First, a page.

Released in the summer of 1982, when “E.T. the Extra-Terrestrial” was spreading feel-good vibes about aliens around the world, John Carpenter’s “The Thing,” a hair-raising remake of the 1951 sci-fi classic “The Thing From Another World,” was roundly ignored by audiences. But over the years, the incredibly gross (and scary) movie has amassed a huge fan base — and for good reason. Rob Bottin’s elaborate creature effects remain just as astonishing today — the stuff of gruesome beauty.
Seeing John Carpenter’s groundbreaking horror picture in a theater in 1978 was a riotous, you-had-to-be-there experience. To this day, I’ve never seen a movie that made the audience scream so often or so loudly. The film is often credited for inventing the slasher genre, although some diehards argue that 1974’s “Black Christmas” got there first. By the time Rob Zombie remade “Halloween” in 2007, the sight of a masked killer with a knife was woefully tired, and Zombie’s attempt to illuminate Michael Myers’ twisted psyche was noble but misguided. Zombie’s 2009 sequel, “Halloween II,” was even worse, inexplicably changing the personalities of the survivors of the first film (they became practically different characters) and giving the Ginsu-loving Myers visions of white horses. Ugh.
—‘FRIDAY THE 13TH’
A big part of the appeal of the 1980 box-office smash was how seedy and low-rent the movie felt. (It was shot independently on a low budget, then picked up by Paramount Pictures and given a lavish promotional campaign.) Today, its elaborate murders still hold up, thanks to the work of make-up genius Tom Savini, but everything else reeks of bad acting and shoddy direction. The sleek 2009 remake, actually more of a condensation of the original and its first three sequels, was infinitely better acted and photographed, but the thrill was gone. There wasn’t even a single good jump scare. Camp Crystal Lake has been wrung so dry that a proposed sequel to the remake has been permanently scrapped.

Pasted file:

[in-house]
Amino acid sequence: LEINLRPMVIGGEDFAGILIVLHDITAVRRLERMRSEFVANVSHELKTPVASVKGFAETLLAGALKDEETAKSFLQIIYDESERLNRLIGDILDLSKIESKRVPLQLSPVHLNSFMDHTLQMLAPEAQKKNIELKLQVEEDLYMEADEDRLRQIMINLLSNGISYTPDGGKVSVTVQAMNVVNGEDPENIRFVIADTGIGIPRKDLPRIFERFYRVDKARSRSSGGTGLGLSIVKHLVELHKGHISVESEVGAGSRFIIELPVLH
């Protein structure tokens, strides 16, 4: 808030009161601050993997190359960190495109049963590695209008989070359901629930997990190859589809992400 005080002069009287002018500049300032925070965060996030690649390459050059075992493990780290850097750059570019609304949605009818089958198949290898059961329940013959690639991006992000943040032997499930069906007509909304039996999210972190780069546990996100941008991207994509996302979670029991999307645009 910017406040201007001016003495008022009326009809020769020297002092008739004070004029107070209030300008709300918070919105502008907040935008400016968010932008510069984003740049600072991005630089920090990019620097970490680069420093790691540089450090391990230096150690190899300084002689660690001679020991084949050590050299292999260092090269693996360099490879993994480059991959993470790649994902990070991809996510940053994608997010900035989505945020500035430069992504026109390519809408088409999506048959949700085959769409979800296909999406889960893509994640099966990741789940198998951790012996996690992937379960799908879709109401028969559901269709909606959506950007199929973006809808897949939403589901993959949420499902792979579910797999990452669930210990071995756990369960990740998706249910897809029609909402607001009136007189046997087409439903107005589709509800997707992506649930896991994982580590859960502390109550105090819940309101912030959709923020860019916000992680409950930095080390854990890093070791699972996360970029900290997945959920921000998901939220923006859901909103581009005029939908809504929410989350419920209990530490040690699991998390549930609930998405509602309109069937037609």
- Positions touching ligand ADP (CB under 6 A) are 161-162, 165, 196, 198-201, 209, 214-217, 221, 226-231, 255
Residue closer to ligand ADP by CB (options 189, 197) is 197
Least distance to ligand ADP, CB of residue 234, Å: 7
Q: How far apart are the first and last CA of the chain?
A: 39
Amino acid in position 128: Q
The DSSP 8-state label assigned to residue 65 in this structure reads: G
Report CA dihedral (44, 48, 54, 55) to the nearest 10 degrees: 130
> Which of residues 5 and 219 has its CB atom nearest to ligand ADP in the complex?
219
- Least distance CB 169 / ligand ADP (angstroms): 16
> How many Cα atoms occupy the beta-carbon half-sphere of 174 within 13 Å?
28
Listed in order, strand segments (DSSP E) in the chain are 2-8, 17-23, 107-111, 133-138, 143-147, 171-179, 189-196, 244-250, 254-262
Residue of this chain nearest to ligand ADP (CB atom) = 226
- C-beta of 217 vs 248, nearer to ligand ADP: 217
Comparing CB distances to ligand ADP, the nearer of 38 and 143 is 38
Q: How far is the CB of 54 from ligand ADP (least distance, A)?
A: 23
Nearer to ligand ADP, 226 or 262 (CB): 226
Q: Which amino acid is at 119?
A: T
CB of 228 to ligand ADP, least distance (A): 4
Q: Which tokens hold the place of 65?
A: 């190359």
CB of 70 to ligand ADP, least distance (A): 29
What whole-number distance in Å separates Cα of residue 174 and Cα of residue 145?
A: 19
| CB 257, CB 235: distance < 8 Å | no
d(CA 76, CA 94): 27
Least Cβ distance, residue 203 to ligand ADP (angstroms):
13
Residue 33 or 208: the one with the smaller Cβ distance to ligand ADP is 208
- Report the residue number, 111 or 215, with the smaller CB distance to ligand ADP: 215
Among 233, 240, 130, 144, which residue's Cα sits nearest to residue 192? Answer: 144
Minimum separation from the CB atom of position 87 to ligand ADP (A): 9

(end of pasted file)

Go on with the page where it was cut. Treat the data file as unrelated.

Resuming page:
Arguably the best horror remake of all time, David Cronenberg’s 1986 version of the campy 1958 Vincent Price vehicle remains as disturbing as ever. The movie was a perfect fit for Cronenberg’s career-long obsession with body horror — what happens when our flesh and blood start to mutate and turn against us? — and Jeff Goldblum and Geena Davis as the mad scientist and the reporter who loves him anchored the plot with a touching love story that made the movie all the more tragic when Goldblum started to mutate into something monstrous. Rumors hint that Cronenberg is considering remaking his remake: Please don’t. This one is perfect.